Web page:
- Bike exercise historical progress – Cyclists can challenge themselves to improve their stats by monitoring frequency, distance, duration, time in heart rate zones and calories burned for past rides.
Fitbit has also announced Multi-Tracker Support, which lets users seamlessly switch between Fitbit trackers throughout their day or week, so they can use the right tracker for any occasion. Users will now be able to pair up to six Fitbit trackers (one of each model) and MobileTrack (iOS only) to a single Fitbit account:
- Once multiple trackers are paired to an account, Fitbit will automatically detect when a user switches from one tracker to another, with no buttons to push on the device or the app;
- For users who want to wear a more discreet Fitbit One to work, or Fitbit Surge for a run, all of their steps will be seamlessly captured on their Fitbit dashboard;
- Users with a compatible mobile device can also use MobileTrack as a tracker to fill in the gaps if they leave their tracker at home or forget to charge it
The Fitbit Surge is available from iStore and Dion Wired at a recommended retail price of R3 999. Fitbit Surge bike-tracking is now available to all Fitbit Surge users.
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CES: Most useless gadgets of all
Choosing the best of show is a popular pastime, but the worst gadgets of CES also deserve their moment of infamy, writes ARTHUR GOLDSTUCK.
It’s fairly easy to choose the best new gadgets launched at the Consumer Electronics Show (CES) in Las Vegas last week. Most lists – and there are many – highlight the LG roll-up TV, the Samsung modular TV, the Royole foldable phone, the impossible burger, and the walking car.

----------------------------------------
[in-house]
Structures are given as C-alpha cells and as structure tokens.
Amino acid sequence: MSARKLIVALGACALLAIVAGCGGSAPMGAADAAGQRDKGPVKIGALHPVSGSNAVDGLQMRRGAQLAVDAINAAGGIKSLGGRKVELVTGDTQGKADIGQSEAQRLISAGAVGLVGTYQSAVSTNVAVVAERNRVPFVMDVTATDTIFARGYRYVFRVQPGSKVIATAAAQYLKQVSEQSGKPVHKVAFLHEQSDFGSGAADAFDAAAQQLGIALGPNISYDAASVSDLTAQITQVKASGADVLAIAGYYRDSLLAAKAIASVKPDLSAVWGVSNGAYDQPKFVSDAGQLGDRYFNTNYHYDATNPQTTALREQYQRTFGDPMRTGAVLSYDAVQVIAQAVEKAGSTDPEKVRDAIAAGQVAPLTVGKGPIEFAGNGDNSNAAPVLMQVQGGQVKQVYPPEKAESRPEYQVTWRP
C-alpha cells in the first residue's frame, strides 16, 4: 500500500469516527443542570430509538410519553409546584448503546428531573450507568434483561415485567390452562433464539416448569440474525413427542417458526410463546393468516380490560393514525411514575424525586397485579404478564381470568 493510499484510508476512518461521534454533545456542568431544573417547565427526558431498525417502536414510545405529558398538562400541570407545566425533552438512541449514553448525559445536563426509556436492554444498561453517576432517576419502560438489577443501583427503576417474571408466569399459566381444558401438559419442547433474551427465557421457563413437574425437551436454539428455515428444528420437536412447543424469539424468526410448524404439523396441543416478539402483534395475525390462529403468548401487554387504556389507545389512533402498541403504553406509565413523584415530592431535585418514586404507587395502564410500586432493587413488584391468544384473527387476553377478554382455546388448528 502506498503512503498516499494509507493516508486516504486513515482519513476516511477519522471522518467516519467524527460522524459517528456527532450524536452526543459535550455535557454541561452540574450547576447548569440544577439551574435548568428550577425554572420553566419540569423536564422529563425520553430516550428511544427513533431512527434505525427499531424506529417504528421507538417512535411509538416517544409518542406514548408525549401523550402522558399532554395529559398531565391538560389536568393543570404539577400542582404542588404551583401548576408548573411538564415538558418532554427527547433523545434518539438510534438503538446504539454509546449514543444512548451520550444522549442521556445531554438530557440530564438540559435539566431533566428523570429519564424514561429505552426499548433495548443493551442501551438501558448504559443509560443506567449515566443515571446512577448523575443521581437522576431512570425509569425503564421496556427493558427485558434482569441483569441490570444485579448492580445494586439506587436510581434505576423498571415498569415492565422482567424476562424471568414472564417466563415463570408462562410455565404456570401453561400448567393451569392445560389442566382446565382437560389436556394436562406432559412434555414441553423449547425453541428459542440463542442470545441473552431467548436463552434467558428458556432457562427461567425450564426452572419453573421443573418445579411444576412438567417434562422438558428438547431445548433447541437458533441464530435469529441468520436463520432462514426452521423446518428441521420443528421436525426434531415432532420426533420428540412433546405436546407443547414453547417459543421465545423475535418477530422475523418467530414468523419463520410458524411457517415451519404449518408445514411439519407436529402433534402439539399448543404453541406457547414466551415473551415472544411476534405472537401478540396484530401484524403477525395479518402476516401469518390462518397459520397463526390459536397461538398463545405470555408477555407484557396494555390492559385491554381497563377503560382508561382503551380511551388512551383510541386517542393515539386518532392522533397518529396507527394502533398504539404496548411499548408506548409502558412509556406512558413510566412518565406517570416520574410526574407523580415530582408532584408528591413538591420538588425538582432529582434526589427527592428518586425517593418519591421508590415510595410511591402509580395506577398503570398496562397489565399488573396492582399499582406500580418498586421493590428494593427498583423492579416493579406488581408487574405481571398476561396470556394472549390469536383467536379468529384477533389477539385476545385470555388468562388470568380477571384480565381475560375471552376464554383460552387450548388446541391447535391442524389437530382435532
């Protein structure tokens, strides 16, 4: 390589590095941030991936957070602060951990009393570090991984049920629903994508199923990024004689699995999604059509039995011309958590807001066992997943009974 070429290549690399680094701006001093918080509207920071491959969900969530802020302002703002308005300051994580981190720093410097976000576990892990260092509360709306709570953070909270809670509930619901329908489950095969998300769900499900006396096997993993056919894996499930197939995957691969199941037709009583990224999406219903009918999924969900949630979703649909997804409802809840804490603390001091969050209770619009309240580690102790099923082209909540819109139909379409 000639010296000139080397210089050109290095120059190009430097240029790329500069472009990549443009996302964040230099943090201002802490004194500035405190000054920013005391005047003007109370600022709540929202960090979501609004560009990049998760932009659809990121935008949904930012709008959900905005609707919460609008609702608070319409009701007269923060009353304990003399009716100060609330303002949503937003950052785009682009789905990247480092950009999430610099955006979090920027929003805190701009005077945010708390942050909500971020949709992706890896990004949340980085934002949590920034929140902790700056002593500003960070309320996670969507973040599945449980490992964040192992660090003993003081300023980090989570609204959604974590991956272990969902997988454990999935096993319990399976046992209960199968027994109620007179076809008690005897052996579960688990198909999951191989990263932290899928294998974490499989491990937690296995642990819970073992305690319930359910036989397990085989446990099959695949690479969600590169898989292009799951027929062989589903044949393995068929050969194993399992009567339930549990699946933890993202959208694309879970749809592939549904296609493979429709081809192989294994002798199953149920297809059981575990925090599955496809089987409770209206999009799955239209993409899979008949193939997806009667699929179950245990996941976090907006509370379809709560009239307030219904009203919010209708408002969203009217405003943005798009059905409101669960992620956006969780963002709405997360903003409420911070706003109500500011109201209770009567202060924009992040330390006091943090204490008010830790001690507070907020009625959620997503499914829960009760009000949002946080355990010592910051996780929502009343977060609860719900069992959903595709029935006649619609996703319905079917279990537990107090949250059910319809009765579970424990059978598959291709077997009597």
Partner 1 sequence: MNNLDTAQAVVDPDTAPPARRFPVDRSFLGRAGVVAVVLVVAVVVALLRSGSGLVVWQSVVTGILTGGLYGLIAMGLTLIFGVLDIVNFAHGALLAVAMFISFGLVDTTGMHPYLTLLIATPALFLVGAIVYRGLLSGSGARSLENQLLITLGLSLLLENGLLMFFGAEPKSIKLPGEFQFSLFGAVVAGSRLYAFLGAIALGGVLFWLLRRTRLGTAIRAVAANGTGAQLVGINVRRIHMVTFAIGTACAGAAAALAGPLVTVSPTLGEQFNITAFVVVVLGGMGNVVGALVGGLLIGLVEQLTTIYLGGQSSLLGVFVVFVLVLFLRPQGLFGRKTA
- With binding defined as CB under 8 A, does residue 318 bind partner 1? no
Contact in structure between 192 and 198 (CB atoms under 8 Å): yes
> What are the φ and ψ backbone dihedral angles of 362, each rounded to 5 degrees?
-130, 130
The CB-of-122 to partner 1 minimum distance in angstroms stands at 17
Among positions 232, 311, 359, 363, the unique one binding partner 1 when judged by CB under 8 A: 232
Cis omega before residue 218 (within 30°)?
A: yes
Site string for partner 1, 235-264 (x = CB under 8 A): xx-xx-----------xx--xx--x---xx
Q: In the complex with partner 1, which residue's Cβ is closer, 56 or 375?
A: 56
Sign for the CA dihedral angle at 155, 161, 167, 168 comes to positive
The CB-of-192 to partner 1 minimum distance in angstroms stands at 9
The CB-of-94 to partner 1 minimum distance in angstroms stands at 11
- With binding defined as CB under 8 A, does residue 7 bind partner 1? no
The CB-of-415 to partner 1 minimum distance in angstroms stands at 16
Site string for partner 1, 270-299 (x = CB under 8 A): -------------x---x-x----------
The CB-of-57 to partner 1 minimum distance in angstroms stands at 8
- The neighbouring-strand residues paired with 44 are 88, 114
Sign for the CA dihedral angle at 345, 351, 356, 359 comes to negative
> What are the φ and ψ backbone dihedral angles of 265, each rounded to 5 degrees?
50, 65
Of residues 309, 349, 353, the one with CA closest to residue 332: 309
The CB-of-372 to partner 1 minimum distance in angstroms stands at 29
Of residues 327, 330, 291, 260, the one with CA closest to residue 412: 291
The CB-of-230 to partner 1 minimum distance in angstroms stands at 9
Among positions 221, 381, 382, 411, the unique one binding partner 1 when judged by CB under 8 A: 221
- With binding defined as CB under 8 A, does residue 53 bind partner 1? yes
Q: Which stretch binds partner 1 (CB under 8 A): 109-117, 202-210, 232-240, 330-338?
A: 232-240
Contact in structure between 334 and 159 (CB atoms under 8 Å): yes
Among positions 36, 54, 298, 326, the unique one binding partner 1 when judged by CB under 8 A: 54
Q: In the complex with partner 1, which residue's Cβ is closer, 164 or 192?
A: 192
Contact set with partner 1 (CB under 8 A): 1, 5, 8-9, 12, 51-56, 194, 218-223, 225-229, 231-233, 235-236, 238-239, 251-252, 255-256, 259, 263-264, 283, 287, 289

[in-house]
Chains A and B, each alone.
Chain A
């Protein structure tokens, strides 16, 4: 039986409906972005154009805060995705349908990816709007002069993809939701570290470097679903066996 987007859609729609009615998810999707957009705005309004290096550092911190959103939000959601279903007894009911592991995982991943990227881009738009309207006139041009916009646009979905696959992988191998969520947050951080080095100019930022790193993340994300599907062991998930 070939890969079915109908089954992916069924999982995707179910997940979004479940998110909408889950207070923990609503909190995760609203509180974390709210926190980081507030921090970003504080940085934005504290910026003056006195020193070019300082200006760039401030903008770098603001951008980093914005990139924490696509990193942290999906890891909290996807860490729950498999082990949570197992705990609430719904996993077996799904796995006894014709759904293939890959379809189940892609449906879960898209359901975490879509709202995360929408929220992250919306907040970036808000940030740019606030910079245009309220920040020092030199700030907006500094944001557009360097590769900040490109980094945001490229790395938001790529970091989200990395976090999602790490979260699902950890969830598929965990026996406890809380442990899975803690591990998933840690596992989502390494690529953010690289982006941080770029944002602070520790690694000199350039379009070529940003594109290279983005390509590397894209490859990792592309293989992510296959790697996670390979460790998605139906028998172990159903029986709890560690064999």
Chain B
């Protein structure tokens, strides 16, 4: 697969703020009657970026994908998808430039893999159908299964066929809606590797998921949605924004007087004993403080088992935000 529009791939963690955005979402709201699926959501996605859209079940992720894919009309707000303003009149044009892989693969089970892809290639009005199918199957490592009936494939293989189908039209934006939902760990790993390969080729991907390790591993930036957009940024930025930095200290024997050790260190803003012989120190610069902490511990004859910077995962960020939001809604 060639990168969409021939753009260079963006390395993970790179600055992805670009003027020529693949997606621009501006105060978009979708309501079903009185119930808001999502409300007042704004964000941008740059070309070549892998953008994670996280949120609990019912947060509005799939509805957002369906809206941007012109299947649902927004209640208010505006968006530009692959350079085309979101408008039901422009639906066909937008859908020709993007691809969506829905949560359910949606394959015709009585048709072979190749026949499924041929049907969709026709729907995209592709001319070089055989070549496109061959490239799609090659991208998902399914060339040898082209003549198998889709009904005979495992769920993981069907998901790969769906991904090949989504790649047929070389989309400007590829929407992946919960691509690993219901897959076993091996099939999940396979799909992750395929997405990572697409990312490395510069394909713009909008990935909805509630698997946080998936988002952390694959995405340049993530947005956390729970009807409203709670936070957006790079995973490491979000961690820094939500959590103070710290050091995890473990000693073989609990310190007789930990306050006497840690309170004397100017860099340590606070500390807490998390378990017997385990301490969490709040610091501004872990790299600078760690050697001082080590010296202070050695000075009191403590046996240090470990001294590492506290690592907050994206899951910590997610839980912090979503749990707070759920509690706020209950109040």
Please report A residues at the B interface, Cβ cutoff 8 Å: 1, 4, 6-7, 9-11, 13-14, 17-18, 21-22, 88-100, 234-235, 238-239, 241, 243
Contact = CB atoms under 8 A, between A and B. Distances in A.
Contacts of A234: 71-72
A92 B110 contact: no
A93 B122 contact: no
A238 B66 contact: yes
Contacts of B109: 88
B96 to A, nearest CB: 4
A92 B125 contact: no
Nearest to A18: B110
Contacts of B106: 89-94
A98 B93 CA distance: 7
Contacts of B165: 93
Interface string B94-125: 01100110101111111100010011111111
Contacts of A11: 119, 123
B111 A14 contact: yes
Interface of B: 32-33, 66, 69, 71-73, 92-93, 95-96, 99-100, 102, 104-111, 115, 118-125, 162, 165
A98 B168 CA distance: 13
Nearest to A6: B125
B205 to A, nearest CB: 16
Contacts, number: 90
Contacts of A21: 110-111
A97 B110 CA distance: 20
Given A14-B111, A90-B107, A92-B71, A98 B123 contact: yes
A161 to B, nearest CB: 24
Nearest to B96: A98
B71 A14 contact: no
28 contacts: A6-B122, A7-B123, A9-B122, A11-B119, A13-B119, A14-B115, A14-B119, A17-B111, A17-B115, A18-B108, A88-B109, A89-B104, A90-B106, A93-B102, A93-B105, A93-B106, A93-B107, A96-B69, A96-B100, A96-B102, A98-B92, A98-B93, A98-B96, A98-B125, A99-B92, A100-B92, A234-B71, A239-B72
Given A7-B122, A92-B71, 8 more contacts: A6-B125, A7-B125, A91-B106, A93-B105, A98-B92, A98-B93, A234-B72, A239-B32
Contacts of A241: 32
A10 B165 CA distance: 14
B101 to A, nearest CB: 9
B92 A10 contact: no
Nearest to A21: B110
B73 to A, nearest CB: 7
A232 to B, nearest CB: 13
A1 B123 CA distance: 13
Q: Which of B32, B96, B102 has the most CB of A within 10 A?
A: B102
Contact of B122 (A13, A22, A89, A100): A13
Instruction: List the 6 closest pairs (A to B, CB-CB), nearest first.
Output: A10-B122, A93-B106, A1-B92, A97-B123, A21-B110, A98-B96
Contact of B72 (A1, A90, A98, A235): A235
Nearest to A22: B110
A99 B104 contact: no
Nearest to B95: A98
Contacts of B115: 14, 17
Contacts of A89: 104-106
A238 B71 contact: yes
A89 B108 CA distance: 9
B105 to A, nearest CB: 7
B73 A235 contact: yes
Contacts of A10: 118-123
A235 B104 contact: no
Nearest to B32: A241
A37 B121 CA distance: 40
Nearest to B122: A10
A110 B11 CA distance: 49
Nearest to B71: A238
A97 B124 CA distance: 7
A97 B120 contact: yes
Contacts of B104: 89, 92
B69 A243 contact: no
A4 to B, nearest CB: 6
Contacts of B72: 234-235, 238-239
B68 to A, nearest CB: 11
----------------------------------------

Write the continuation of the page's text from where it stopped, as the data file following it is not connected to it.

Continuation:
But what about the voice assisted bed, the smart baby dining table, the self-driving suitcase and the robot that does nothing? In their current renditions, they sum up what is not only bad about technology, but how technology for its own sake quickly leads us down the rabbit hole of waste and futility.
The following pick of the worst of CES may well be a thinly veneered attempt at mockery, but it is also intended as a caution against getting caught up in hype and justification of pointless technology.
1. DUX voice-assisted bed
The single most useless product launched at CES this year must surely be a bed with Alexa voice control built in. No, not to control the bed itself, but to manage the smart home features with which Alexa and other smart speakers are associated. Or that any smartphone with Siri or Google Assistant could handle. Swedish luxury bedmaker DUX thinks it’s a good idea to manage smart lights, TV, security and air conditioning through the bed itself. Just don’t say Alexa’s “wake word” in your sleep.